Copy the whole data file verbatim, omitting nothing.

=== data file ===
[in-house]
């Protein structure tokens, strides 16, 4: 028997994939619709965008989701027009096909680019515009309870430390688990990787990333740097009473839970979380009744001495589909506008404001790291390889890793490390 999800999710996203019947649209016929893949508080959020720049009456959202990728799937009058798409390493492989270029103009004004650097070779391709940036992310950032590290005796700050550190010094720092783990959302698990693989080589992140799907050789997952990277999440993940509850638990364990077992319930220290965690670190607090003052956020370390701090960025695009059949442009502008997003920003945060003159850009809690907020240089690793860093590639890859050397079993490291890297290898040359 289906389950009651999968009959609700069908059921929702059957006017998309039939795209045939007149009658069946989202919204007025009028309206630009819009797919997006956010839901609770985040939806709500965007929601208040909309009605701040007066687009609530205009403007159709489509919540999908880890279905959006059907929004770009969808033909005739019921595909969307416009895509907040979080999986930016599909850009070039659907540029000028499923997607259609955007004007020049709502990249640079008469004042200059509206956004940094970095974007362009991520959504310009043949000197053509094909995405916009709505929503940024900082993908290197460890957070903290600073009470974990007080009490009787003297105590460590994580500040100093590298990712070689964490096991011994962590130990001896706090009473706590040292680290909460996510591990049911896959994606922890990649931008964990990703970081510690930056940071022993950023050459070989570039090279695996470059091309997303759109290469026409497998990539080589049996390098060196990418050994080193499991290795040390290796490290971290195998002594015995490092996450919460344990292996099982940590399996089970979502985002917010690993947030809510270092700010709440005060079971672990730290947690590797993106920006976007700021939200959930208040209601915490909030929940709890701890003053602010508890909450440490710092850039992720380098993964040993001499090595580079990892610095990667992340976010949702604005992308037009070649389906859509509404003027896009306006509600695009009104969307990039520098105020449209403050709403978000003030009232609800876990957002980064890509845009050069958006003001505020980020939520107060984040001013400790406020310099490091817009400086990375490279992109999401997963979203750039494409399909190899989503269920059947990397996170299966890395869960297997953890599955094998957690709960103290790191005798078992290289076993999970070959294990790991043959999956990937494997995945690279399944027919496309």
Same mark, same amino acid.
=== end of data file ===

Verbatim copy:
[in-house]
């Protein structure tokens, strides 16, 4: 028997994939619709965008989701027009096909680019515009309870430390688990990787990333740097009473839970979380009744001495589909506008404001790291390889890793490390 999800999710996203019947649209016929893949508080959020720049009456959202990728799937009058798409390493492989270029103009004004650097070779391709940036992310950032590290005796700050550190010094720092783990959302698990693989080589992140799907050789997952990277999440993940509850638990364990077992319930220290965690670190607090003052956020370390701090960025695009059949442009502008997003920003945060003159850009809690907020240089690793860093590639890859050397079993490291890297290898040359 289906389950009651999968009959609700069908059921929702059957006017998309039939795209045939007149009658069946989202919204007025009028309206630009819009797919997006956010839901609770985040939806709500965007929601208040909309009605701040007066687009609530205009403007159709489509919540999908880890279905959006059907929004770009969808033909005739019921595909969307416009895509907040979080999986930016599909850009070039659907540029000028499923997607259609955007004007020049709502990249640079008469004042200059509206956004940094970095974007362009991520959504310009043949000197053509094909995405916009709505929503940024900082993908290197460890957070903290600073009470974990007080009490009787003297105590460590994580500040100093590298990712070689964490096991011994962590130990001896706090009473706590040292680290909460996510591990049911896959994606922890990649931008964990990703970081510690930056940071022993950023050459070989570039090279695996470059091309997303759109290469026409497998990539080589049996390098060196990418050994080193499991290795040390290796490290971290195998002594015995490092996450919460344990292996099982940590399996089970979502985002917010690993947030809510270092700010709440005060079971672990730290947690590797993106920006976007700021939200959930208040209601915490909030929940709890701890003053602010508890909450440490710092850039992720380098993964040993001499090595580079990892610095990667992340976010949702604005992308037009070649389906859509509404003027896009306006509600695009009104969307990039520098105020449209403050709403978000003030009232609800876990957002980064890509845009050069958006003001505020980020939520107060984040001013400790406020310099490091817009400086990375490279992109999401997963979203750039494409399909190899989503269920059947990397996170299966890395869960297997953890599955094998957690709960103290790191005798078992290289076993999970070959294990790991043959999956990937494997995945690279399944027919496309």
Same mark, same amino acid.